Sunday, 20 December 2015

OPIUM LORD - 'The Calendrical Cycle: Eye of Earth' review

OPIUM LORD - 'The Calendrical Cycle: Eye of Earth' review

"So Stourbridge doom fiends OPIUM LORD are back with their debut album and follow up to their two track 'Prologue: The Healer'', and right from the opener 'Challenger', we're plunged into the dark and murky depths of crushing riffs, grimey bass, unsettlingly eerie delayed lead guitar, and pounding drums, conjuring comparisons to stuff like MORBID ANGEL or even a doomier ZAO or FALL OF EFRAFA. Vocals are still pretty varied, ranging from harsh, throaty, lizardy screams, to deeper, guttural roars and shouts, spitting out some pretty hellish lyricism. The local Temple of Boom has done a fab job on the recording and mixing, because this is as heavy as anything, and thanks to Dave Mitson's mastering it sounds punishingly huge. Favourite tune for me besides 'Challenger' would have to be 'Crystals' for the great chord progressions, but this is really consistent stuff across the seven tracks, with perpetually colossal riffs, unsettling leads, crushing drum work, and harrowing vocals throughout the predominantly sludgey rhythms. Awesome work, highly recommended for those that like their music crafted in the blackest of forges in the deepest of pits. Beautiful photographic artwork too."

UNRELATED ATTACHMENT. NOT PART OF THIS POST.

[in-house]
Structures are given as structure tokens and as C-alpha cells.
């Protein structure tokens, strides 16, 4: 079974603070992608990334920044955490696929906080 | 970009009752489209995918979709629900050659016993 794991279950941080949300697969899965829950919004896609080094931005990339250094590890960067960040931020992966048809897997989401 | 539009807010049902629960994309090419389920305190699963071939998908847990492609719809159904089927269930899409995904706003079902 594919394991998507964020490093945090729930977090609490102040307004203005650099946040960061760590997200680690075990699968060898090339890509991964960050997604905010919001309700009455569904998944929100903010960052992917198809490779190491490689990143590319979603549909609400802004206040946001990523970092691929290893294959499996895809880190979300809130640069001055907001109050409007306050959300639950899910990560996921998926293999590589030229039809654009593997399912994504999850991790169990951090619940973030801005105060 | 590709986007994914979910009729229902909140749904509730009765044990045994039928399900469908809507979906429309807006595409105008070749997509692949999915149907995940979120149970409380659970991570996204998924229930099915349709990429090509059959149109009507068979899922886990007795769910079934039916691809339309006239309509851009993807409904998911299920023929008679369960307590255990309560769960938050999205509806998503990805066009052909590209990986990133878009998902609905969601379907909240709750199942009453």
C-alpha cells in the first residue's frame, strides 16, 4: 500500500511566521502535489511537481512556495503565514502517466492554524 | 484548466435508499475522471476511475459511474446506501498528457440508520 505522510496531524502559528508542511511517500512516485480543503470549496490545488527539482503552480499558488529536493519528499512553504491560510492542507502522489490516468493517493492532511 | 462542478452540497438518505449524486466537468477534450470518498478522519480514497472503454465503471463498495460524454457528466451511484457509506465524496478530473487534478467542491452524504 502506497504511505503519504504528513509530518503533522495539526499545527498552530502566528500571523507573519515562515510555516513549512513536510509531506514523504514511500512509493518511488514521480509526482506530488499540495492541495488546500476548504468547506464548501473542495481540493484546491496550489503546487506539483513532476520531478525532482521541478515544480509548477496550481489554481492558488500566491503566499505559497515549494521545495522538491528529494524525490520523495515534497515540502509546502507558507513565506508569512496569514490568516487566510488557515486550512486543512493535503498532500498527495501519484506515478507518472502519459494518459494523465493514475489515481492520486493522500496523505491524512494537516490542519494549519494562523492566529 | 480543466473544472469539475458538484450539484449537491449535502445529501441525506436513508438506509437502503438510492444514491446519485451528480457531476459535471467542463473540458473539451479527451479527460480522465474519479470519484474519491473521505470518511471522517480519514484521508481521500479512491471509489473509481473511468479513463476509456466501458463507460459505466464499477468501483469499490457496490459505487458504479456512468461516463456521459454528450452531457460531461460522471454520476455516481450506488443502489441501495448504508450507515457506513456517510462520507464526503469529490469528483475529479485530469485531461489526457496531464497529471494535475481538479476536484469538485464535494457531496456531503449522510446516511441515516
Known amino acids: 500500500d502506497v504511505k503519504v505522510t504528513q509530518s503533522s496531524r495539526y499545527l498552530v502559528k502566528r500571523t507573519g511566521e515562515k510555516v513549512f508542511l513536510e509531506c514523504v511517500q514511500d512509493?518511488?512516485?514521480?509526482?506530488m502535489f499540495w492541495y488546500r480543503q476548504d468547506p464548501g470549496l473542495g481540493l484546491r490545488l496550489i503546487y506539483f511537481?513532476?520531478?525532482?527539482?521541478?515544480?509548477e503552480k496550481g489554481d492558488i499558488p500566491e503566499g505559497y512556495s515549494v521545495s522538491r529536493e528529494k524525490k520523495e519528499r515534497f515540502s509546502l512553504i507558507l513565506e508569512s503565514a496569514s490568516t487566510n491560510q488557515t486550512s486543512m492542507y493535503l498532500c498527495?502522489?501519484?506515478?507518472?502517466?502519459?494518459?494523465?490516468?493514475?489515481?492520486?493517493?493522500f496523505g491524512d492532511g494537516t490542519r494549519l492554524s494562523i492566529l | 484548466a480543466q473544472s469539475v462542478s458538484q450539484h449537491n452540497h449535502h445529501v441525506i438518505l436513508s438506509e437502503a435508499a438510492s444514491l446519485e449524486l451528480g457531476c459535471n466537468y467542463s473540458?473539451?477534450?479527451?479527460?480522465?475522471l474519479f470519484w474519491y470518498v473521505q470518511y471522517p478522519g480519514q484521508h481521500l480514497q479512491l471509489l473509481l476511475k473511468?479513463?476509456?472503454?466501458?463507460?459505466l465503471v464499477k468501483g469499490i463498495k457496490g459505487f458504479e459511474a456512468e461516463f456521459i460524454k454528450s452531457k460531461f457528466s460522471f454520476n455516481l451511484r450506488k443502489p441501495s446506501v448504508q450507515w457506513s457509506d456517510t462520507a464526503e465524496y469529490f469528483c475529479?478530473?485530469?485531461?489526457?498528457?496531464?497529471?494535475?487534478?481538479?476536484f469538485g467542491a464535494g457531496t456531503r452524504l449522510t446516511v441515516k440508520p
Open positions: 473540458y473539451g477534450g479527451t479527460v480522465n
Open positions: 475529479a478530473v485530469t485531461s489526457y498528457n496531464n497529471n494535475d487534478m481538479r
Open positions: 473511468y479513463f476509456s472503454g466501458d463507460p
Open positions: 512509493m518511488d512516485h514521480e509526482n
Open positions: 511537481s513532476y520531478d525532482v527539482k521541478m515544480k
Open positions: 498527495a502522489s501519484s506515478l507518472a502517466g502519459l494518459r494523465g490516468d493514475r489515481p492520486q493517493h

Sunday, 13 December 2015

NEW ALASKA - 'Western Corners' review

NEW ALASKA - 'Western Corners'

"Stourbridge's NEW ALASKA are back with another dose of their unique brand of post-punk awesomeness in which you're always guaranteed plenty of angular rhythms, odd chord-work, tight basslines and pounding drum-work, and obscure but intelligent lyricism. I definitely don't think these guys get the credit they deserve; their songs are played with honesty, in a unique style that's as far from any fad or trend as you're ever likely to find, structured with a lot of consideration, are catchy without being poppy or cheesy, and are challenging without being overly technical. They also have an energy and anger that many faster or heavier bands just don't have, and this album is a perfect example of that, as Pete somewhat monotonously shouts his way through these ten new tracks, of which I think the pacey 'Corsairs' is a good, catchy starter, 'Kathy' is also a memorable highlight, and I love the slower, driving chord work towards the end of 'Palehorse', one of the more experimental tracks. Highly recommended for fans of angular post-punk stuff like FUGAZI, THE COMPUTERS, and other local lads WAX FUTURES."